In computing, memory applies to the state information of a computing system because it is kept active in some physical structure. The term “memory” is used for the fast information in physical systems, as a distinction from physical systems which are slow to access. The term also refers to temporary state devices. Informally, computer memory refers to the physical devices used to store data or programs for later use in an electronic computer. Computers use information in a binary code that is written as sequences of 0s and 1s. Each binary digit can be stored by any physical system that to represent 0 and 1, called a bistable. It could be an on-off switch, an electrical capacitor, or a magnet. Today, capacitors and transistors function as tiny electrical switches for temporary storage and plastic discs for long-term storage.

In the early 1940s, memory technology frequently allowed a capacity of only a few bytes. The first programmable digital computer was the ENIAC, and it could perform simple calculations involving 20 numbers of ten decimal digits. Soon after, J. Presper Eckert developed the acoustic delay line memory. Delay lines could store information within the quartz and transfer it through sound waves through a glass tube filled with mercury and plugged at each end with a quartz crystal. In order to remain efficient, delay line memory is limited to a capacity of up to a few hundred thousand bits. The Williams tube and Selectron tube were developed in 1946 as two alternatives to the delay line, with both using electron beams in glass tubes for storage. At the same time, efforts were made to find non-volatile memory. Engineers created magnetic core memory so memory could be recalled after power loss. Magnetic core memory would become the dominant form of memory for the next couple decades.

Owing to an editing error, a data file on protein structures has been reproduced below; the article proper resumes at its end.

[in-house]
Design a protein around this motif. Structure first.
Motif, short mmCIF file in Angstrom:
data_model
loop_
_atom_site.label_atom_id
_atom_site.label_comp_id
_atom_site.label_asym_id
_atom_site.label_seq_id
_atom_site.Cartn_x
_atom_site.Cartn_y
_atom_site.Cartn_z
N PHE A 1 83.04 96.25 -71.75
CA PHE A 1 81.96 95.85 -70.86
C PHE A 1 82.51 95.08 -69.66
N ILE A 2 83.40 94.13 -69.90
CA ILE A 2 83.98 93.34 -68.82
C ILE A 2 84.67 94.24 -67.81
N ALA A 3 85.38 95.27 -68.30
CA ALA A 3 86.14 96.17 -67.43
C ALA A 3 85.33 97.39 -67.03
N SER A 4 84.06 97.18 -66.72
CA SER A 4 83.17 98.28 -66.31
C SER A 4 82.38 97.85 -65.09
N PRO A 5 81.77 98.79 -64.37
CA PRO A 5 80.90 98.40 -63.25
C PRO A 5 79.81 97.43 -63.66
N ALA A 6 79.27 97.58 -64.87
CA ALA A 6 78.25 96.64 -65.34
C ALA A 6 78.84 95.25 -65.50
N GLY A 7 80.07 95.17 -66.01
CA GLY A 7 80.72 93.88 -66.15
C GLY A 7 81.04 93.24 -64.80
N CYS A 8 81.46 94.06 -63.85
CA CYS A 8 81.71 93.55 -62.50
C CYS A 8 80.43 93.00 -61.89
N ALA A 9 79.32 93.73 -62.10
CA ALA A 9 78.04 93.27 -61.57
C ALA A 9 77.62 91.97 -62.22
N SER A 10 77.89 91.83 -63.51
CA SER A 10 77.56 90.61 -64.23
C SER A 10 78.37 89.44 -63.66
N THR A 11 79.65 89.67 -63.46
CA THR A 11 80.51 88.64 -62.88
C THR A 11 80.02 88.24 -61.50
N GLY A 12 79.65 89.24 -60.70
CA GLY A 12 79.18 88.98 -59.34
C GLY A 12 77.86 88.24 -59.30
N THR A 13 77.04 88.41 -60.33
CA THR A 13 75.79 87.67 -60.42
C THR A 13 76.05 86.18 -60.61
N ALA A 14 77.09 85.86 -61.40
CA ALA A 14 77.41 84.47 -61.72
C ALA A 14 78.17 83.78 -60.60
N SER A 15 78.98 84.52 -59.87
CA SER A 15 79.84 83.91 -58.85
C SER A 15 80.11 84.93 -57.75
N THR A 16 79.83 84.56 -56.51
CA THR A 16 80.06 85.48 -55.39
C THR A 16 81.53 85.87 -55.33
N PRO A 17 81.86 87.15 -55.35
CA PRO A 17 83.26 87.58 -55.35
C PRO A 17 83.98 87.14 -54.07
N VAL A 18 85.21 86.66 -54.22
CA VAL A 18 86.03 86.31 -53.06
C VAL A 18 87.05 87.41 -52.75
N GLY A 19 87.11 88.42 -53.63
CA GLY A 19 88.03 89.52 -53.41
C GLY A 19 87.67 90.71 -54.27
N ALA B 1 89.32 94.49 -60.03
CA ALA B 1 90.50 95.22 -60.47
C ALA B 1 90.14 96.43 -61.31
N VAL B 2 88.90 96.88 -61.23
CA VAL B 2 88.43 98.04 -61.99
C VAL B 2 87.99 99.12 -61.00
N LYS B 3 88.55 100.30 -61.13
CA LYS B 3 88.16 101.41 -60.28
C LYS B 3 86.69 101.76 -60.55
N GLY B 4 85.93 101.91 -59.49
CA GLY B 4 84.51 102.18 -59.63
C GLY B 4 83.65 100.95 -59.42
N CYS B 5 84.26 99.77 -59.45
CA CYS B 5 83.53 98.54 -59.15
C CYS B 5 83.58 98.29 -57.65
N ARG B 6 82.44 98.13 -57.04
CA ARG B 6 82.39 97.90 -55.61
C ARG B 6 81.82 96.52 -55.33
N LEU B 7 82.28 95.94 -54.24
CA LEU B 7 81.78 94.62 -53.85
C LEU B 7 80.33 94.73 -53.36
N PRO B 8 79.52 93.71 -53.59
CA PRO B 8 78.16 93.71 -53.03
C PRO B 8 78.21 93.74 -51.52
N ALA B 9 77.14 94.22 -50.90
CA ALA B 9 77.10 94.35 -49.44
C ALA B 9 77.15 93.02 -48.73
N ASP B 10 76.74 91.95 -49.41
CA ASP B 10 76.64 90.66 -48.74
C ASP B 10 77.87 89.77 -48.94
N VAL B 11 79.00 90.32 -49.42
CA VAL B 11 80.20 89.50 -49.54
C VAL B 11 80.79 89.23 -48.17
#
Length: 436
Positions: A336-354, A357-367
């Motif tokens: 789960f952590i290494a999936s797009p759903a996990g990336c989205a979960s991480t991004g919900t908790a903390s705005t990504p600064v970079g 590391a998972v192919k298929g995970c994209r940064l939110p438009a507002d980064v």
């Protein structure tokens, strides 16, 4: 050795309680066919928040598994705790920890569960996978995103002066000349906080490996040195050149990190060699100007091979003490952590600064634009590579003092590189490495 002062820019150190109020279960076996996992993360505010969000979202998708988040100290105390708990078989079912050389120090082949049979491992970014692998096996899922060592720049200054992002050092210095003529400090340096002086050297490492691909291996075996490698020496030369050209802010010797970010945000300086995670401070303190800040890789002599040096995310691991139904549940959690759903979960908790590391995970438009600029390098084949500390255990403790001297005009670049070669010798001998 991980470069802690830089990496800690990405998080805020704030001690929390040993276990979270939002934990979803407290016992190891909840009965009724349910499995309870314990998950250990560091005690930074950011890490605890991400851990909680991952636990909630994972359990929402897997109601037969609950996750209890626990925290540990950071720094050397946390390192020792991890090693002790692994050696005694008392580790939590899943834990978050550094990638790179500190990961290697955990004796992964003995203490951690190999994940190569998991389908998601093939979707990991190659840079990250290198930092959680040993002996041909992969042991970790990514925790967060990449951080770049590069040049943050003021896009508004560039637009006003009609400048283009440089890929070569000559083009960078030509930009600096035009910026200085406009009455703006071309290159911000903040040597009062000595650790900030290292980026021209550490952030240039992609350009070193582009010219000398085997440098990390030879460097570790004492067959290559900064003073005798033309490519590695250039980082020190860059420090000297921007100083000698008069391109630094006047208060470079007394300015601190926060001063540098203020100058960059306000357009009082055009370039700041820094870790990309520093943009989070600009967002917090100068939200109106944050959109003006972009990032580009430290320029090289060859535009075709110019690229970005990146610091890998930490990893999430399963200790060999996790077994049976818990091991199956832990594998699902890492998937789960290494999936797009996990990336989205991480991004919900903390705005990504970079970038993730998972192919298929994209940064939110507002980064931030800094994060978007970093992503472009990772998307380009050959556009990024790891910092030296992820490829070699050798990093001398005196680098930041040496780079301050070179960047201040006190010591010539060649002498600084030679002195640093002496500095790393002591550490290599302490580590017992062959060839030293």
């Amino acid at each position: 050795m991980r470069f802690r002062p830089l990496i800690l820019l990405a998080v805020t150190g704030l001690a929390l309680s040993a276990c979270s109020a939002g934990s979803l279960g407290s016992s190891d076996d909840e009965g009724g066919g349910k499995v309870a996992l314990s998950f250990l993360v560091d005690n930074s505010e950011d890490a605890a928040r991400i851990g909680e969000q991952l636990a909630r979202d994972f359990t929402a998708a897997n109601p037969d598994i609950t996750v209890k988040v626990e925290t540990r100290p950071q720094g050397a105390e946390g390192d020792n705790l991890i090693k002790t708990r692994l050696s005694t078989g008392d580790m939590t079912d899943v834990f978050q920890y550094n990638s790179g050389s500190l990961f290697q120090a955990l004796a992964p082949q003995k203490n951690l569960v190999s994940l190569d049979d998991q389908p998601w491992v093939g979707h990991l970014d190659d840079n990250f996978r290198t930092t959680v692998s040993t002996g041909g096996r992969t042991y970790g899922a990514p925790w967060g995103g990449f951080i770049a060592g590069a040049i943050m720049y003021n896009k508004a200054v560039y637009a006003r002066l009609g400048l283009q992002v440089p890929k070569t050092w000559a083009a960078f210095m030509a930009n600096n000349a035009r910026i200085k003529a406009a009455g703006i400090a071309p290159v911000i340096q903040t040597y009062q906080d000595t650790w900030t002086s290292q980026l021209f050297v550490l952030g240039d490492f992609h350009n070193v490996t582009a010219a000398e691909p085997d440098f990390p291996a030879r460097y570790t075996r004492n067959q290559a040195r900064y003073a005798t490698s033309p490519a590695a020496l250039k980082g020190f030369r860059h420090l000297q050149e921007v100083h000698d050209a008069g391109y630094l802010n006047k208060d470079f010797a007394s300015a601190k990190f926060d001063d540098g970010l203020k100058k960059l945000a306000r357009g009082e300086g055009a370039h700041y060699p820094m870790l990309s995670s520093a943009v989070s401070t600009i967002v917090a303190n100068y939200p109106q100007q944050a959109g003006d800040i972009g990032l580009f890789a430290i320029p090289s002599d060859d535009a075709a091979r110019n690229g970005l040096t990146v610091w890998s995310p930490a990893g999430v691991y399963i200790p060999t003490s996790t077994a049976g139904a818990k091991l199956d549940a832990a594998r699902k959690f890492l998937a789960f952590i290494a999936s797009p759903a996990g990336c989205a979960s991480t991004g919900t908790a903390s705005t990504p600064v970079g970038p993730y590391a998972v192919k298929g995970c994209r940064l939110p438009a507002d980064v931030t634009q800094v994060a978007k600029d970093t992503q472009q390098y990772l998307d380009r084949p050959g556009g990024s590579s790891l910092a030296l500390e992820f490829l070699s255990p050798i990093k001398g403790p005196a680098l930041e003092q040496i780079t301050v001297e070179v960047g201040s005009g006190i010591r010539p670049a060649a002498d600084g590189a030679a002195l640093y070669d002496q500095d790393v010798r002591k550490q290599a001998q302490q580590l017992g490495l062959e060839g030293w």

There are two main types of memory: volatile and non-volatile. Volatile memory is computer memory that needs power to maintain the stored information. Current semiconductor volatile memory technology is usually either static RAM or dynamic RAM. Non-volatile memory is computer memory that can retain the stored information with or without power. Some examples of non-volatile memory include read-only memory, flash memory, floppy discs, optical discs, and early computer storage methods such as paper tape and punched cards.

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